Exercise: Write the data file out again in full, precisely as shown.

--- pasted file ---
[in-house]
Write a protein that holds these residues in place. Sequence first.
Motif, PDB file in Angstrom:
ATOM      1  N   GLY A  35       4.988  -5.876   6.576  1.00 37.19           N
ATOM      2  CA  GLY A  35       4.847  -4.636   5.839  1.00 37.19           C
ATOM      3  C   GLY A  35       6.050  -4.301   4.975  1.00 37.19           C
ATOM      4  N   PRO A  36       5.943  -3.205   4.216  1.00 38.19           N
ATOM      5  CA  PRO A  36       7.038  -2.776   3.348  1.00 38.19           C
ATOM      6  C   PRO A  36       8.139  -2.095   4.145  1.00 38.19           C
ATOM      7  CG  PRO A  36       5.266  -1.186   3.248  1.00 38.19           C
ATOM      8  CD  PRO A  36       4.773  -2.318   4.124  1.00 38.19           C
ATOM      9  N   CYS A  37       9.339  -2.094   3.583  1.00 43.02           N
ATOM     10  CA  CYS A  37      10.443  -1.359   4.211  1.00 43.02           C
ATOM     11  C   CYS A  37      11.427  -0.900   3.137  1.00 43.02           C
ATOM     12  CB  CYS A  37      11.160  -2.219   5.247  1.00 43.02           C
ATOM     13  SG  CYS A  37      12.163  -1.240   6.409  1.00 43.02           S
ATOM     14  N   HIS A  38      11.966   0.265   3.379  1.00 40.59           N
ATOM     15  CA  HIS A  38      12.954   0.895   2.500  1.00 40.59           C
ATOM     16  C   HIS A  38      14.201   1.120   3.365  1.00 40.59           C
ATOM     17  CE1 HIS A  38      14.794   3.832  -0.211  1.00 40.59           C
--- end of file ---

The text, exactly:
[in-house]
Write a protein that holds these residues in place. Sequence first.
Motif, PDB file in Angstrom:
ATOM      1  N   GLY A  35       4.988  -5.876   6.576  1.00 37.19           N
ATOM      2  CA  GLY A  35       4.847  -4.636   5.839  1.00 37.19           C
ATOM      3  C   GLY A  35       6.050  -4.301   4.975  1.00 37.19           C
ATOM      4  N   PRO A  36       5.943  -3.205   4.216  1.00 38.19           N
ATOM      5  CA  PRO A  36       7.038  -2.776   3.348  1.00 38.19           C
ATOM      6  C   PRO A  36       8.139  -2.095   4.145  1.00 38.19           C
ATOM      7  CG  PRO A  36       5.266  -1.186   3.248  1.00 38.19           C
ATOM      8  CD  PRO A  36       4.773  -2.318   4.124  1.00 38.19           C
ATOM      9  N   CYS A  37       9.339  -2.094   3.583  1.00 43.02           N
ATOM     10  CA  CYS A  37      10.443  -1.359   4.211  1.00 43.02           C
ATOM     11  C   CYS A  37      11.427  -0.900   3.137  1.00 43.02           C
ATOM     12  CB  CYS A  37      11.160  -2.219   5.247  1.00 43.02           C
ATOM     13  SG  CYS A  37      12.163  -1.240   6.409  1.00 43.02           S
ATOM     14  N   HIS A  38      11.966   0.265   3.379  1.00 40.59           N
ATOM     15  CA  HIS A  38      12.954   0.895   2.500  1.00 40.59           C
ATOM     16  C   HIS A  38      14.201   1.120   3.365  1.00 40.59           C
ATOM     17  CE1 HIS A  38      14.794   3.832  -0.211  1.00 40.59           C